In a nationally televised “treasurers debate” in Canberra on Monday, Labor’s Chris Bowen also flagged a yet-to-be-announced foreign aid increase “each and every year we’re in office” after Liberal cuts that “can’t go on anymore” and a boost to research and development assistance.
He also said calls to increase the low Newstart unemployment payment was a “legitimate issue” and required a full review, without allocating any funds.
“Our vision will deliver bigger budget surpluses and important investments in health and education,” Mr Bowen said.
Treasurer Josh Frydenberg said taxpayers would be “on the hook” for Labor’s higher spending.
“Whenever Labor spends more, they tax more and when they tax more they weaken the Australian economy,” Mr Frydenberg said.
The long-term fiscal sustainability of the Opposition’s spending pledges faces growing scrutiny, after the affordability of the Coalition’s $300 billion of income tax cuts over a decade were earlier called into question.
Former federal finance department deputy secretary Stephen Bartos said: “The biggest question mark over Labor’s budget sustainability is successfully legislating its tax measures through the Senate.”
To pay for its spending, Labor would need to convince a disparate Senate – such as the Greens, One Nation and potentially Clive Palmer’s United Australia Party – to pass major tax rises on property, superannuation and high income earners.
Labor’s phased eight-year plan for the government to subsidise an extra 20 per cent of wages for up to 100,000 low-paid childcare workers is estimated to cost $537 million over four years before the full cost blows out to $9.9 billion over a decade and continues to rise.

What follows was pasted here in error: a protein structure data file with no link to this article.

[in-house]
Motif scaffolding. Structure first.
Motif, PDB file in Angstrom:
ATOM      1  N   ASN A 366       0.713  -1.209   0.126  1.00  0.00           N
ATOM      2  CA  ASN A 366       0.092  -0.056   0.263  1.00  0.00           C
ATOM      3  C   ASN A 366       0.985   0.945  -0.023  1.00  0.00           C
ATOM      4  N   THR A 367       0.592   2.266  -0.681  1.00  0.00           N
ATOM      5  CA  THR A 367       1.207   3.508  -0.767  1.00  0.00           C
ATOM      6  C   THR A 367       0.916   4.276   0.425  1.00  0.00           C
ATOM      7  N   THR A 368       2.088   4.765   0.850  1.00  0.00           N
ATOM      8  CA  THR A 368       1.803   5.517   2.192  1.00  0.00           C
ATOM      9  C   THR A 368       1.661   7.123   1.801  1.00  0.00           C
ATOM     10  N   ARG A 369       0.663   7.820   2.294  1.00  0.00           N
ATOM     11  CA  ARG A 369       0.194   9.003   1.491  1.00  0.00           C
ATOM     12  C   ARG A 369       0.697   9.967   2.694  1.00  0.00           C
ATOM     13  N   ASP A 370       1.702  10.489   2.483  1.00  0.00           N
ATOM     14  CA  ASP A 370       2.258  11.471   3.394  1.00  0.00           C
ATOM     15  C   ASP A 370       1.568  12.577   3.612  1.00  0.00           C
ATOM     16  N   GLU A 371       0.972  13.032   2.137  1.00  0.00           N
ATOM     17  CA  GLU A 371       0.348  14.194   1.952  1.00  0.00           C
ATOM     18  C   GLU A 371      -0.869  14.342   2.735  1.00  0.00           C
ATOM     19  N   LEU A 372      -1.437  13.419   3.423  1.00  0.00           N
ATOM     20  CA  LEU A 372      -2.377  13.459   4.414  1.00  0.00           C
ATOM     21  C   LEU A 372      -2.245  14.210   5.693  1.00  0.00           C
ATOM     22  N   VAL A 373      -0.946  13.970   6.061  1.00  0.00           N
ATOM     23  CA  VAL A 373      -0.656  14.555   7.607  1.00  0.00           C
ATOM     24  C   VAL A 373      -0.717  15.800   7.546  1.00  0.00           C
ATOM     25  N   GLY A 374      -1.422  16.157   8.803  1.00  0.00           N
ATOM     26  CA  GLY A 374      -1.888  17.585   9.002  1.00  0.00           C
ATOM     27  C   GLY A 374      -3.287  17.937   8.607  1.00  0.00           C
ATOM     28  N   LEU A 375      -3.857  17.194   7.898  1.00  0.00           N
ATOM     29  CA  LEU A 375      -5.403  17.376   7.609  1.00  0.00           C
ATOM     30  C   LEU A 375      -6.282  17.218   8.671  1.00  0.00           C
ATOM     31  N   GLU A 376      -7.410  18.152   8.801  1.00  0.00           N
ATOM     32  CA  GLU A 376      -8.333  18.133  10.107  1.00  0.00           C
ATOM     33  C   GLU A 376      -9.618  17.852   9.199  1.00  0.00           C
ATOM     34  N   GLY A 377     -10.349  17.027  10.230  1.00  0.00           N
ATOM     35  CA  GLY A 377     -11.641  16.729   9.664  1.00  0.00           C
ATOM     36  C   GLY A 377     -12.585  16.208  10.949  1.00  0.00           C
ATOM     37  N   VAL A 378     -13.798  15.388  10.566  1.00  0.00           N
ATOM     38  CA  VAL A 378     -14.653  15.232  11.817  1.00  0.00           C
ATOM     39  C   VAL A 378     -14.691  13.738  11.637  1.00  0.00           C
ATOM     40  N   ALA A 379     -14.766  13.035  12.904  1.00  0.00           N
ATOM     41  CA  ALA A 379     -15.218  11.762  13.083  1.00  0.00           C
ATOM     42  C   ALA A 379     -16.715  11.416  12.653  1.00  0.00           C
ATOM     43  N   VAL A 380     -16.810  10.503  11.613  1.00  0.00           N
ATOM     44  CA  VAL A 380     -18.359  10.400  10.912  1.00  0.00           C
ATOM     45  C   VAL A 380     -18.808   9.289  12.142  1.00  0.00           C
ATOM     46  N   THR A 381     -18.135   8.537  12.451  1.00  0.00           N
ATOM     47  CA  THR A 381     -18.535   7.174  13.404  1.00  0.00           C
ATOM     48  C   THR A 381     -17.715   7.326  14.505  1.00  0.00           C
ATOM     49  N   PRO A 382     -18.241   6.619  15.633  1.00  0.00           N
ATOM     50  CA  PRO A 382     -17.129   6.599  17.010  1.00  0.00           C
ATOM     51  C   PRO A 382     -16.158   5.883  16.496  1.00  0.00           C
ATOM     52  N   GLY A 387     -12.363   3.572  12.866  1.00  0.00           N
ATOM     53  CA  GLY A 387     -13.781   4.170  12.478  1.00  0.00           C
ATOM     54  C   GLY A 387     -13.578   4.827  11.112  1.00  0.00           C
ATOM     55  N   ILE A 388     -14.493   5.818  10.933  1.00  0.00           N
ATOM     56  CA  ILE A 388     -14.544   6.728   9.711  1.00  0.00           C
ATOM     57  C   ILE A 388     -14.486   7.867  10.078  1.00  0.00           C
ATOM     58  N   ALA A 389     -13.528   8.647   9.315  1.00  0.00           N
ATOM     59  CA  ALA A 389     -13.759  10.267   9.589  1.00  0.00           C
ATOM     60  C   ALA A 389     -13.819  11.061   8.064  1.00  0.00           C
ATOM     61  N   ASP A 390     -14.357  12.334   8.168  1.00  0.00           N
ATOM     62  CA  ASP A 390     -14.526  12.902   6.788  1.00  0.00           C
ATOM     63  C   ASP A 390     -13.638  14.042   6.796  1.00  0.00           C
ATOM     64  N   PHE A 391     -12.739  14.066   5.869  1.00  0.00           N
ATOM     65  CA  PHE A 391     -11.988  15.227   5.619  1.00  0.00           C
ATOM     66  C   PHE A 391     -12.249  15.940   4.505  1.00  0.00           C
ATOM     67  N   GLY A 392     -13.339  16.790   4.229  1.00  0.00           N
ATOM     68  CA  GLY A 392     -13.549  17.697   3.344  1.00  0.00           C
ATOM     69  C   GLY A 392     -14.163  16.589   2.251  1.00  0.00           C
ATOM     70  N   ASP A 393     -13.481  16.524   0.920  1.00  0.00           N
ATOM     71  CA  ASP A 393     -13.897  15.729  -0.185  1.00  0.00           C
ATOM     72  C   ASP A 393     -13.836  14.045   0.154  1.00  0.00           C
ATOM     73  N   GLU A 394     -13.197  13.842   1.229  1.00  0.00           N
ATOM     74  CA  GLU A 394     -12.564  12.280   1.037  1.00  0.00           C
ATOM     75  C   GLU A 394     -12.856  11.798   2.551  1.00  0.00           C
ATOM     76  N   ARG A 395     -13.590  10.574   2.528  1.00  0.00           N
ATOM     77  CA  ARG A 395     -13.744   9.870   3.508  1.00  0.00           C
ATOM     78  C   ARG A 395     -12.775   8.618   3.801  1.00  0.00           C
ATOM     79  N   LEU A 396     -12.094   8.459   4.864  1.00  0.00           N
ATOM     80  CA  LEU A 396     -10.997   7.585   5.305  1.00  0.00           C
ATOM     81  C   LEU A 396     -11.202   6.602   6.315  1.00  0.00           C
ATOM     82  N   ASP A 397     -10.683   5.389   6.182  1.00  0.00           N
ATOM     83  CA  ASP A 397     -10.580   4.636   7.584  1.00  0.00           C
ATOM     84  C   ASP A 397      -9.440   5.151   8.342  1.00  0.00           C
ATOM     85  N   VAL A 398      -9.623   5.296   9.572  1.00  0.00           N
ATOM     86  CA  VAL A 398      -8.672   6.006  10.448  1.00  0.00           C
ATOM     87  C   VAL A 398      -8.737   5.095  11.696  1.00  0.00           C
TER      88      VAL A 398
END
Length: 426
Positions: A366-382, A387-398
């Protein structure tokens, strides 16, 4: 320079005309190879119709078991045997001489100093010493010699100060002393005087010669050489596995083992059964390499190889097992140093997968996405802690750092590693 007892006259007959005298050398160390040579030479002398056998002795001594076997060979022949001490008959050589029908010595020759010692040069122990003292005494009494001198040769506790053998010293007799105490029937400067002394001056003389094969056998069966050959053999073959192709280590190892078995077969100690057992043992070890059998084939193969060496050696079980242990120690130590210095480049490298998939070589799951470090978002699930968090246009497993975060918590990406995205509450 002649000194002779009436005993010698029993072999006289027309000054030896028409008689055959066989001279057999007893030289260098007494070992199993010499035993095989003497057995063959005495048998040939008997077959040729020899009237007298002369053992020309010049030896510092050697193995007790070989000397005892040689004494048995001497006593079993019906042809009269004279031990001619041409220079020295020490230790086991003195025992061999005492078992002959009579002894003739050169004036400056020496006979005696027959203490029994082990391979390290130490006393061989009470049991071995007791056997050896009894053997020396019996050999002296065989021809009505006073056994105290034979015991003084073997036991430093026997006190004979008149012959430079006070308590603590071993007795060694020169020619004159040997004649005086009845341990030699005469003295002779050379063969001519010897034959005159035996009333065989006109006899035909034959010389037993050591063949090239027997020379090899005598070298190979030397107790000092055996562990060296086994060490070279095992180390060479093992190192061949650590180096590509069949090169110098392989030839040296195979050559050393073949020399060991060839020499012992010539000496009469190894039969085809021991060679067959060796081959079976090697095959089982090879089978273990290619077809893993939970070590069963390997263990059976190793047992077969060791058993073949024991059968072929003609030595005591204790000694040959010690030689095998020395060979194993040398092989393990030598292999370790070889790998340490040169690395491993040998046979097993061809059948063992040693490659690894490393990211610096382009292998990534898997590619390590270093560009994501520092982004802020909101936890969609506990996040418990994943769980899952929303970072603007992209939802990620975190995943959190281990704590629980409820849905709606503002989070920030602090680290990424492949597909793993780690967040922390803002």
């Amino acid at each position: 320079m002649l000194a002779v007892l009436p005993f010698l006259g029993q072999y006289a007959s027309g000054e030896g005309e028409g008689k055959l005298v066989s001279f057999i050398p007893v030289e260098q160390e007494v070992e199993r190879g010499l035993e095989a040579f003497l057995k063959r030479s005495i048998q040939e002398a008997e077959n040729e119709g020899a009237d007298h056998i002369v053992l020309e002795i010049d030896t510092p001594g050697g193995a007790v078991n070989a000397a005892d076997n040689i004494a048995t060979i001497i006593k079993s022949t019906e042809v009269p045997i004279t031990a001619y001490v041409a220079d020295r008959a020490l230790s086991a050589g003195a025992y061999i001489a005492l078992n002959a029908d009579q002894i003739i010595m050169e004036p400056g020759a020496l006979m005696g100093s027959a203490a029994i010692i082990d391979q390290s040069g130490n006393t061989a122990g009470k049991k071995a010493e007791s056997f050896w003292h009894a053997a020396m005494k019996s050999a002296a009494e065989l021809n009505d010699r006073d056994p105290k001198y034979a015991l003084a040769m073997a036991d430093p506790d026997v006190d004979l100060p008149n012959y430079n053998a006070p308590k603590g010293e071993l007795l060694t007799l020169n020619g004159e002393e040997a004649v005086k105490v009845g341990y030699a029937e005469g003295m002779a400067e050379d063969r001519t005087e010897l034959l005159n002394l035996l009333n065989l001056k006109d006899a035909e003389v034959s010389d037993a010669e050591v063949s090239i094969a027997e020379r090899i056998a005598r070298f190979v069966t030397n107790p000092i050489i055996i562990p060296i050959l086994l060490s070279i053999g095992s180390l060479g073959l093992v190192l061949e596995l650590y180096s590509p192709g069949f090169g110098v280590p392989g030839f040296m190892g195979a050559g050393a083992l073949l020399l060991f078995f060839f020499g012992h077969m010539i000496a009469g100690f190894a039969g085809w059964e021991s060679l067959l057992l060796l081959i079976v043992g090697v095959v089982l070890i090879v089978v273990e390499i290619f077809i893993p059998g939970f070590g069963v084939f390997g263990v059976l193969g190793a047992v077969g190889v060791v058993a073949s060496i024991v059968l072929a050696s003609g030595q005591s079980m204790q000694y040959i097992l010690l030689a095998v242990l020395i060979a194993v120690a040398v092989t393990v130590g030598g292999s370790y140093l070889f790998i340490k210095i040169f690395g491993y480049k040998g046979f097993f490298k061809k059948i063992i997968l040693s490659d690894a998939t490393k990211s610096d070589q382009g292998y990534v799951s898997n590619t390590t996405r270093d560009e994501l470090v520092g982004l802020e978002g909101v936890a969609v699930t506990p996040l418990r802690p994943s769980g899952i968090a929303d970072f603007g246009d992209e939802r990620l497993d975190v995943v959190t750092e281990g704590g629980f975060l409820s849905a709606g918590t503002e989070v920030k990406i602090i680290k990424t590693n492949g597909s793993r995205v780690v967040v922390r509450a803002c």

Extra promised spending for public schools starts at $2.6 billion over four years before blowing out to $14 billion over a decade.
Labor intends to release the full costings of its tax and spending policies by Friday.
Mr Bowen has declined to put a cap on spending or taxes over the next four to 10 years, arguing Labor’s higher tax revenue would ensure a Shorten government would deliver “bigger budget buffers” than the Coalition.
Labor is pledging up to $387 billion in higher taxes than the Coalition over a decade to pay for its big spending agenda.
Labor’s pledged tax increases include curtailing negative gearing and capital gains tax breaks, ending cash refunds of franking credits, tighter limits on concessional superannuation contributions, a 2 per cent budget repair levy for high earners, a minimum 30 per cent tax on distributions from family trusts, limiting tax deductions to $3000 for the cost of preparing tax returns, a crackdown on multinational tax avoidance and repealing the Coalition’s legislated income tax cuts for middle to high earners.
The fiscal sustainability of spending and tax cut promises both sides of politics has come under pressure.
The Financial Review revealed last month that Grattan Institute analysis showed the Coalition would need to reduce spending by $40 billion a year by 2030 to afford its $300 billion of personal income tax cuts over a decade, keep the budget in surplus and meet its projected spending restraint outlined in the April budget.
“$40 billion a year worth of cuts to pay for his high income tax cuts – $77 billion to high income earners,” Mr Bowen said of the Treasurer’s plan.